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I want to override equals(Object o) without using instanceof, getClass() and casting. Is this doable in Java and if yes how it is possiable? Editing: And I want to use this method too. For example: I want to override this method in class Cow and use it to check if my Cow logically equals to other Cow?

Thanks for answers everyone. My main problem is that: what happens if I send Car as other class to my cow or any other Object. How can I check if Object o got method getName() (Assuming my Cow got this method)?

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You want to override it for a custom object you created? – Kevin DiTraglia Dec 10 '12 at 19:34
Sure. boolean equals(Object o) { return true; } – SLaks Dec 10 '12 at 19:34
@SLaks : that would violate the contract of the equals() method, which should return false for null arguments. – bowmore Dec 10 '12 at 19:37
Why don't you want to use instanceof? – Louis Wasserman Dec 10 '12 at 19:51
up vote 2 down vote accepted


Make Cow serializable, and make sure that its serialized form is canonical (worst case by implementing Externalizable and hand-writing your own serialization that is canonical) and then do the following in equals:

  1. Try to serialize the argument. If that fails, return false.
  2. Serialize this.
  3. Compare the serialized bytes of the two.

Since the serial form includes a string identifying the type, it includes the bytes necessary to distinguish instances of different types.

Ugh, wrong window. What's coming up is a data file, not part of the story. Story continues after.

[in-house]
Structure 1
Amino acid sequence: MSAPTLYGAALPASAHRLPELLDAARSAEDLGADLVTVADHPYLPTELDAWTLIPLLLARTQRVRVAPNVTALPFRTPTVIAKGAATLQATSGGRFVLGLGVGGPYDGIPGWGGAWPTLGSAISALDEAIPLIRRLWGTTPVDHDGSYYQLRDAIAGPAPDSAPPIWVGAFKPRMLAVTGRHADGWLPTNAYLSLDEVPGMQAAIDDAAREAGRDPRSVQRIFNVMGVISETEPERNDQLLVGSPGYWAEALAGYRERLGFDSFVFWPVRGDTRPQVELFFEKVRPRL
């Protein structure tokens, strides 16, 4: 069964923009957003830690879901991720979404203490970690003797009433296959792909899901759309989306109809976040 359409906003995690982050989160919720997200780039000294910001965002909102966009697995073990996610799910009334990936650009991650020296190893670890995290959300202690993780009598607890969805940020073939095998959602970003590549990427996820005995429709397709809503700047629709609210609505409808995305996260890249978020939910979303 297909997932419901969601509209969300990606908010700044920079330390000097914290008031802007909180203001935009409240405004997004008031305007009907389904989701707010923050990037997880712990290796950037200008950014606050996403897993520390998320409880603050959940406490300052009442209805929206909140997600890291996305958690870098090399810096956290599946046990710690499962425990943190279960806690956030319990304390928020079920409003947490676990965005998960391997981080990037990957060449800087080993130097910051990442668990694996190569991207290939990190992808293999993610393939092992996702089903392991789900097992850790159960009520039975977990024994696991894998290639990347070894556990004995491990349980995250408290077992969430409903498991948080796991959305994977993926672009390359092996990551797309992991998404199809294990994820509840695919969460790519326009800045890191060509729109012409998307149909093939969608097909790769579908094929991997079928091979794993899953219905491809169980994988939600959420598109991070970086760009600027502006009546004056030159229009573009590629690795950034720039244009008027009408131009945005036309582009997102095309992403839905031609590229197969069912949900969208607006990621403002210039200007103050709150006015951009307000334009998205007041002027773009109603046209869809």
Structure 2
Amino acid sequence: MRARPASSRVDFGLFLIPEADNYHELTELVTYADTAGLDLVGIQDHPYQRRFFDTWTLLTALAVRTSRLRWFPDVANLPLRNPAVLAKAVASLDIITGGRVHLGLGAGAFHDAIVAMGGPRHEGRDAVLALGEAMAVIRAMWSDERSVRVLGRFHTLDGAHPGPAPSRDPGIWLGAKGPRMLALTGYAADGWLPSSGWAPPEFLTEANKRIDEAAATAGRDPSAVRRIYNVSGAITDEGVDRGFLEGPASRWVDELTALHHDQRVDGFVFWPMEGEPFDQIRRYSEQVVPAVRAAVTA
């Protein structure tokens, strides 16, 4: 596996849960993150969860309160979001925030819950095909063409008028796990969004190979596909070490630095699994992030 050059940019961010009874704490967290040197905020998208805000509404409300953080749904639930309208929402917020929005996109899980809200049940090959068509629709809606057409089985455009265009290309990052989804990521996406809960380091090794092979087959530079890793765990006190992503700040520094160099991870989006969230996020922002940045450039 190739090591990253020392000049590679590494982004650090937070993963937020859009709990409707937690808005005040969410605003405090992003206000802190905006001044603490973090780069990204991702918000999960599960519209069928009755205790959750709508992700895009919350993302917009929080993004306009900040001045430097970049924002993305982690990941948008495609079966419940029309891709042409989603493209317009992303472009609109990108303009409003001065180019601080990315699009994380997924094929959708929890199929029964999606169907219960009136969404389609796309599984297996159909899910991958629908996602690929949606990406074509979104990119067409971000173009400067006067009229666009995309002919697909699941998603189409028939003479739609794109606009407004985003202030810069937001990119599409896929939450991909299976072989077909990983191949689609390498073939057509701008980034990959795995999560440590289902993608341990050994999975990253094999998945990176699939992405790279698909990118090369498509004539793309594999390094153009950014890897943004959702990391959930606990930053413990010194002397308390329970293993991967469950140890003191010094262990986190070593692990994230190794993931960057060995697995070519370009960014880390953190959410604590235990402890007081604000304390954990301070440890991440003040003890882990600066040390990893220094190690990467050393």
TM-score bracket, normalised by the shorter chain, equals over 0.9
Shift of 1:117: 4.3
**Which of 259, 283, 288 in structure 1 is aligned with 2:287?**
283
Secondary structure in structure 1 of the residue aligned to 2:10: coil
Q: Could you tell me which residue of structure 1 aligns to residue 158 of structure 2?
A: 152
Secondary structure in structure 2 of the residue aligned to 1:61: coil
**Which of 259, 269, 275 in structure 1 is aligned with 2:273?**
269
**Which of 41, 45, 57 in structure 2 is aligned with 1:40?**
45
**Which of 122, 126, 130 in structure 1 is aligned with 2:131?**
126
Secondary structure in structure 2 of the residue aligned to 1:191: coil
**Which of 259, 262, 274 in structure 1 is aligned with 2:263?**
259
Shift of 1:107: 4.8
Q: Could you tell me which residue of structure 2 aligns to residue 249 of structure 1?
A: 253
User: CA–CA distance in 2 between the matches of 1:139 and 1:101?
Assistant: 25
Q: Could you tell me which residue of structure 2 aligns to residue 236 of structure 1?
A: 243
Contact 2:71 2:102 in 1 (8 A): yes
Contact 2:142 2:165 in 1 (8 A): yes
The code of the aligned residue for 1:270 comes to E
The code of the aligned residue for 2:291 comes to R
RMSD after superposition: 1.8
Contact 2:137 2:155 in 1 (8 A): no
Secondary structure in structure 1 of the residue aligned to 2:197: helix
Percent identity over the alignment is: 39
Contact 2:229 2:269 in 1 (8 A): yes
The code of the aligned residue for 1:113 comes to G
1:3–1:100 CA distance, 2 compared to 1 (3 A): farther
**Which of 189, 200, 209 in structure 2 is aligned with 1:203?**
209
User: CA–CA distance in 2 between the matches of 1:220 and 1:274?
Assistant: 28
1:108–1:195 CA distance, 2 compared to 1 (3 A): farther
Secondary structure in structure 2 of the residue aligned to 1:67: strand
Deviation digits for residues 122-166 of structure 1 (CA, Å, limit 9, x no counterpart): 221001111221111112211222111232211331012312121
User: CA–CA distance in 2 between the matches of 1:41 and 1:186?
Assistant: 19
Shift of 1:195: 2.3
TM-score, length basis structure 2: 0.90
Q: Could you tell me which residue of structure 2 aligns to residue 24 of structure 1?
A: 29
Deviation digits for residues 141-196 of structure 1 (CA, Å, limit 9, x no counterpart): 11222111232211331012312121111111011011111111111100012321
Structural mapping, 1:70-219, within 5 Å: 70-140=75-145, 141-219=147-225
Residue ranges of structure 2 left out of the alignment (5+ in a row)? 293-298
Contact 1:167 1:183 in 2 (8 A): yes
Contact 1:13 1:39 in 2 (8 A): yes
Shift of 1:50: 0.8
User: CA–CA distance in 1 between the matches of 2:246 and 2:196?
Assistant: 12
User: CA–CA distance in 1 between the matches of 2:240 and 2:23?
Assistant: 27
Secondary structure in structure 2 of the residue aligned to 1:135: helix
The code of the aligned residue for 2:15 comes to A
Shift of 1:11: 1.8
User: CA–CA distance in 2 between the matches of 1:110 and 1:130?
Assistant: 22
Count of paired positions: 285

This isn't easy, is inefficient, is probably a maintenance nightmare, and should definitely not be your first choice, but it does demonstrate that there are language tricks available to Java code that will allow type distinction without instanceof or Class sameness checks.

One caveat though: the serial form does not distinguish between classes with the same name loaded in different class loaders.

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It's certainly possible if the criteria for equality are limited to using information that is only available from an Object.

This /seems/ unlikely... why would you be overriding equals if you were only using Object's methods? However, there's nothing to prevent you from doing it, if this is appropriate for your design.

Just be sure that you maintain the contract defined in the Javadocs for equals()

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